A review of the government’s handling of the Dr Rosalind Ranson case has concluded that it acted in good faith.

Dr Rosalind Ranson was the island’s medical director in 2020 and 2021 but last year was awarded just under £3.2m by the island’s equality and employment tribunal, which found she had been unfairly dismissed for whistleblowing.

Following that decision, Richard Wright KC was appointed to conduct an independent review of the government’s management of the tribunal case including the decision by the Department of Health and Social Care’s decision to appeal –unsuccessfully – a tribunal order.

His review has cost £320,000 to date.

In his report, which was published today and will be laid before this month’s Tynwald sitting, Mr Wright concludes that he is satisfied that the defence of the litigation by the DHSC was conducted in good faith including the two appeals.

He said the decision to defend the claim was ‘legally justifiable’ and an ‘appropriate decision’ to make at the time.

But he found that there was a ‘clear conflict’ in the role of Kathryn Magson as then chief executive of the DHSC with responsibility for providing instructions to the Attorney General’s Chambers in defence of the claim and her role as the principal witness to the events at the heart of the litigation.

Mr Wright said: ‘The failure to identify that conflict and take steps to mitigate its effect contributed to the loss of the litigation and was a serious error.’

He said the Attorney General’s Chambers failed to appreciate the significance and complexity of Dr Ranson’s claim from the outset. ‘They also failed to grasp the potential for significant reputational damage arising from these proceedings for both the DHSC and the wider Isle of Man Government,’ he added.

Mr Wright found that the management of disclosure of documents by the Attorney General’s Chambers fell ‘far below’ the standards required – which was the single most significant factor in the negative outcome of the litigation from the perspective of the DHSC and which also had a significant effect upon Dr Ranson and her mental health.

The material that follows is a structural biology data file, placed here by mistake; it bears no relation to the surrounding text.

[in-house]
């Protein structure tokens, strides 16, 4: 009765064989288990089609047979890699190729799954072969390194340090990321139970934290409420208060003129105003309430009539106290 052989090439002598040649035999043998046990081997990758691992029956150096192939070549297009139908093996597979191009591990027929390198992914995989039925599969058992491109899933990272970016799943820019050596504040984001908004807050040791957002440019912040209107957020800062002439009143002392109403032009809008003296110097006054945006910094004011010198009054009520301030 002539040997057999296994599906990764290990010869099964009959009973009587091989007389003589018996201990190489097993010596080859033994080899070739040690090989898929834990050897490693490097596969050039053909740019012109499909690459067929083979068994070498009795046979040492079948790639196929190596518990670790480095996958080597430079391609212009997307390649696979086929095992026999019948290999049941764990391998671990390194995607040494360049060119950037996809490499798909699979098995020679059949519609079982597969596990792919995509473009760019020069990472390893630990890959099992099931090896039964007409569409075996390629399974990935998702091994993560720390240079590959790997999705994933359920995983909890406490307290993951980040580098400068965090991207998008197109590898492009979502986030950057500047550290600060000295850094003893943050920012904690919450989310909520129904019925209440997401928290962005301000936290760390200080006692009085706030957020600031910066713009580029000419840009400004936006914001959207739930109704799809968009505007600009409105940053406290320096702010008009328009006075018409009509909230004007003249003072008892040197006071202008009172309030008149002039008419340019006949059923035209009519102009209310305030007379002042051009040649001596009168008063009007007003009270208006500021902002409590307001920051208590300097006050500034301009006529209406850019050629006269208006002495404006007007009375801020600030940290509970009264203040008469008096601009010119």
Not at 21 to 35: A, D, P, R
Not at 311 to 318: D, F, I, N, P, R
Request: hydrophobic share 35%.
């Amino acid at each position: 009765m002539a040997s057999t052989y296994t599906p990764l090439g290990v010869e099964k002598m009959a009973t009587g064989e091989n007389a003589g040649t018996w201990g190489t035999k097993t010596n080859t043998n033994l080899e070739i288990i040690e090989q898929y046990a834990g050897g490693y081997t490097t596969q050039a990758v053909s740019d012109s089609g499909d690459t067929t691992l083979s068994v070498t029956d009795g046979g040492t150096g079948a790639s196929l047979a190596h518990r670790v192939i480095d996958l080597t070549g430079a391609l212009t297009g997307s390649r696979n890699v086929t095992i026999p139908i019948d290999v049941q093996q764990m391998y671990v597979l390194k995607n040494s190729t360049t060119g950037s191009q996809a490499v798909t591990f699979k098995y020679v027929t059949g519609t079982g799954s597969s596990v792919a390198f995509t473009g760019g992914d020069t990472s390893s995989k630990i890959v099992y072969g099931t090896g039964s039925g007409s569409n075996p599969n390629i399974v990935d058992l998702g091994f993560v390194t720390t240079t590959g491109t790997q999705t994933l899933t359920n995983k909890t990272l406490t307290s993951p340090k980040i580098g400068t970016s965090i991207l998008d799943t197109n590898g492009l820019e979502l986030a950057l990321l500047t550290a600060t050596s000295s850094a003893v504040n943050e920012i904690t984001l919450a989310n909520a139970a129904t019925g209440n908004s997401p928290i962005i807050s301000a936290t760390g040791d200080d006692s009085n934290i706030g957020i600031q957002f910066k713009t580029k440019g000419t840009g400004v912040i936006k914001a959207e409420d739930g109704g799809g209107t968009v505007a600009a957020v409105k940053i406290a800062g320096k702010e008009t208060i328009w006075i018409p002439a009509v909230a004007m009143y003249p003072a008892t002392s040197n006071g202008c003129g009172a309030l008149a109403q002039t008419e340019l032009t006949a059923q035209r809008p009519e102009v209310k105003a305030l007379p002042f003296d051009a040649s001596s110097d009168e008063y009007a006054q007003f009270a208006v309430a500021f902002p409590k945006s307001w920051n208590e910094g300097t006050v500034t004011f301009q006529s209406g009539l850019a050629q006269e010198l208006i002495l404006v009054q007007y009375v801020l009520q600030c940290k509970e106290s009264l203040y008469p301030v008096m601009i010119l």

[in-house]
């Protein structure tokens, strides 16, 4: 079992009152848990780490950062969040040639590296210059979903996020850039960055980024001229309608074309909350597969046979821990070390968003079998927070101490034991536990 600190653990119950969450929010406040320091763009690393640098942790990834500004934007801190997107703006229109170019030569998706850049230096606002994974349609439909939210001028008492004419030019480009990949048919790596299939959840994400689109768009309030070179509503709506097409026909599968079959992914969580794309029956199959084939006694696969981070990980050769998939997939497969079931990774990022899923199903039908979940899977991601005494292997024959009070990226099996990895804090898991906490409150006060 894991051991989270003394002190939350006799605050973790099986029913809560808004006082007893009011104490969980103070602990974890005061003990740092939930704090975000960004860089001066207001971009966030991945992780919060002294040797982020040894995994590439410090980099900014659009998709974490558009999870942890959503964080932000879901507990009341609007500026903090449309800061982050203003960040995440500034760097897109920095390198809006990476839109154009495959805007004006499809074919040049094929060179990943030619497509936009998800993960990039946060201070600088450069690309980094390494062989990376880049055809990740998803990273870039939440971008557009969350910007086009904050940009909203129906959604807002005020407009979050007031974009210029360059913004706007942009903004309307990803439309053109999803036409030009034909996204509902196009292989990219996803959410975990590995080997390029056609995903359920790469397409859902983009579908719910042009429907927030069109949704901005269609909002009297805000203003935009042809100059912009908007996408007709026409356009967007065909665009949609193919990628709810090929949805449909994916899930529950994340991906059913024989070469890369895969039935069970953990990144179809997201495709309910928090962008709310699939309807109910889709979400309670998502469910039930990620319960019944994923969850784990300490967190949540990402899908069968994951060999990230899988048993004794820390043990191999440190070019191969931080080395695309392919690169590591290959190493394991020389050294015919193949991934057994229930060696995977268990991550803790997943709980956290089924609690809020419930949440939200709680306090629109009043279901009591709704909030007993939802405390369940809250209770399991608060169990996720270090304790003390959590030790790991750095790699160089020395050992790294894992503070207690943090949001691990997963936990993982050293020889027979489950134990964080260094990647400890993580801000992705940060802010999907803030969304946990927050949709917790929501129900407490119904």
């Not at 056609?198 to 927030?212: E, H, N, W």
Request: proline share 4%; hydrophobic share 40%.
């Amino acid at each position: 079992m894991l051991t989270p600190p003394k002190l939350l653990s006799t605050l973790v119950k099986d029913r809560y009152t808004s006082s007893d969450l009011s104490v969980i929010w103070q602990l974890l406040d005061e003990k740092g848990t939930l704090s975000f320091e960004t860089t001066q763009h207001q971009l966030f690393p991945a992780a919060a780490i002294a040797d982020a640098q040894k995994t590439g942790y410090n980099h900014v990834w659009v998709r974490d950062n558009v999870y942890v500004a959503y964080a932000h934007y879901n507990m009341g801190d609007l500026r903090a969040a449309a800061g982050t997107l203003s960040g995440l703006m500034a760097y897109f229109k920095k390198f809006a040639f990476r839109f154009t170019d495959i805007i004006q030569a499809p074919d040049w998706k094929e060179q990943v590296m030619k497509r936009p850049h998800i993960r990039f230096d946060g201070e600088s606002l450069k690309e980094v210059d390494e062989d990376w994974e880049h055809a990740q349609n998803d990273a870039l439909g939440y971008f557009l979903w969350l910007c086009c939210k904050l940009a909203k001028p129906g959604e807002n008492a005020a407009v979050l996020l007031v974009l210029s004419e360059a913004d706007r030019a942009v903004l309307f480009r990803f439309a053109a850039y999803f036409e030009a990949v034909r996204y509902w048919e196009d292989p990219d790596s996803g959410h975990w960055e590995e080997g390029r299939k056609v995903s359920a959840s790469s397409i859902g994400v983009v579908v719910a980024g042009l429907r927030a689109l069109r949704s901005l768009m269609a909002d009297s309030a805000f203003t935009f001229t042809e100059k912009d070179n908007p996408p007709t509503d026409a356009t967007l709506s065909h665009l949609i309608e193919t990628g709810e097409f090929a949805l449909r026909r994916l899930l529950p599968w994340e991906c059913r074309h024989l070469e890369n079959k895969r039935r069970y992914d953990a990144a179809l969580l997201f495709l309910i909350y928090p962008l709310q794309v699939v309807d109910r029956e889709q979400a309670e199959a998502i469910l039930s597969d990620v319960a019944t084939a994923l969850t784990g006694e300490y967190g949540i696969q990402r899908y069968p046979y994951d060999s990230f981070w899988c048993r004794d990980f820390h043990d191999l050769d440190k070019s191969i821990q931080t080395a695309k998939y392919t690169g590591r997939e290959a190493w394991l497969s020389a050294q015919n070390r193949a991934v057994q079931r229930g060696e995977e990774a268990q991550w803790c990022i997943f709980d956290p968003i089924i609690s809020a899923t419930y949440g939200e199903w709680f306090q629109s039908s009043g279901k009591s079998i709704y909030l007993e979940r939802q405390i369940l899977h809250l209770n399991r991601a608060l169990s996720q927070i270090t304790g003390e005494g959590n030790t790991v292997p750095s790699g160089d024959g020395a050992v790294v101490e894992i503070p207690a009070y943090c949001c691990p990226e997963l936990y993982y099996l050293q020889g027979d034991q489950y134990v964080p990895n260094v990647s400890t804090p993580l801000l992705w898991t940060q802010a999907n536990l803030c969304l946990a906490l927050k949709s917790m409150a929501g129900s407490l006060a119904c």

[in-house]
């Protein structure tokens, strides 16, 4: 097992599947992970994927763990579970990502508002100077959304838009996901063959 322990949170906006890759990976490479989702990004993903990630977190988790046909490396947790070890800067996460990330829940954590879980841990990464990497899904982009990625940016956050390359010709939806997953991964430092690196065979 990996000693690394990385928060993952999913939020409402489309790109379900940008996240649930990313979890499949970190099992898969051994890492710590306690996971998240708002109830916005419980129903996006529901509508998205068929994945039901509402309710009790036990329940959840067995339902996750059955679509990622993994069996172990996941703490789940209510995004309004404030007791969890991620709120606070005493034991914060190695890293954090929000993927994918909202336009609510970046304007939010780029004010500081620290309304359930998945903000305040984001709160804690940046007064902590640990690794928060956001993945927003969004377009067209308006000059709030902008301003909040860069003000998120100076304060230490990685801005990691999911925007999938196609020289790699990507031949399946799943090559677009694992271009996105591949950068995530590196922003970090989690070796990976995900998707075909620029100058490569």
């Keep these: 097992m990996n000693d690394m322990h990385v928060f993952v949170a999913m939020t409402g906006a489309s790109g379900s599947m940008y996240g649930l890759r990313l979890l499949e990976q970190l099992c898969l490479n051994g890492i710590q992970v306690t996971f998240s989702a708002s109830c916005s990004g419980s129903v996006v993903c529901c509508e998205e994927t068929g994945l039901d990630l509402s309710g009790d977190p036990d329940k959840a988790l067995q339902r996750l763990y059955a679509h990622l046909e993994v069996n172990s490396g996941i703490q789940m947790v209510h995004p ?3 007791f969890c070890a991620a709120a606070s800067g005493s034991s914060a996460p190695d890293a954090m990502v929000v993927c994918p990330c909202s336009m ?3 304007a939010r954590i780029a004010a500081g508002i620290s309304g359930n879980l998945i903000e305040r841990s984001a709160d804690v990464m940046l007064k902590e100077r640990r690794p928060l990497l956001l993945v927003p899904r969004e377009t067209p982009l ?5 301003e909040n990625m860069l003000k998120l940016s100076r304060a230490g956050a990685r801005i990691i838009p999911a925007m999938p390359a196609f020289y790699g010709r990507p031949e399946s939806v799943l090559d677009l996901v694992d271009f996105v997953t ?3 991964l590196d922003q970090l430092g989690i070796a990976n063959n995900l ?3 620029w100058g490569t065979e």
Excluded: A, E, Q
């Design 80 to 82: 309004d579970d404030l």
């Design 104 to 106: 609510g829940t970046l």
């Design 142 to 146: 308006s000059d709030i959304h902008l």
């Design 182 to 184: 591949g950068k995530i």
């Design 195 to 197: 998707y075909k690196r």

But his review concludes that the DHSC did not, as Dr Ranson claimed, deliberately withhold documents or make selective disclosures for an improper purpose when conducting the disclosure exercise.

He notes that at the time of Dr Ranson’s claim, the DHSC had become something of a ‘revolving door’ Ministry.

The appointment of Rob Callister as Minister came at a crucial time and he faced an ‘uphill struggle getting to grips with litigation’.

Mr Callister was removed as DHSC Minister in November 2022 by the Chief Minister.

The DHSC lodged an appeal against an employment tribunal’s order, arguing that complying with it would require their lawyer to breach legal professional privilege.

In the absence of Mr Callister who was out of the department on official business, Chief Minister Alfred Cannan gave his opinion in an email that the DHSC should proceed – but he did not intend that to be a direction, notes the review report.

Mr Wright makes 24 recommendations into how claims should be managed in the future.

This includes the suggestion for formal system for triage of all Claims to ensure that an appropriate level of resource and experience is allocated to every case.

Source:  iomtoday.co.im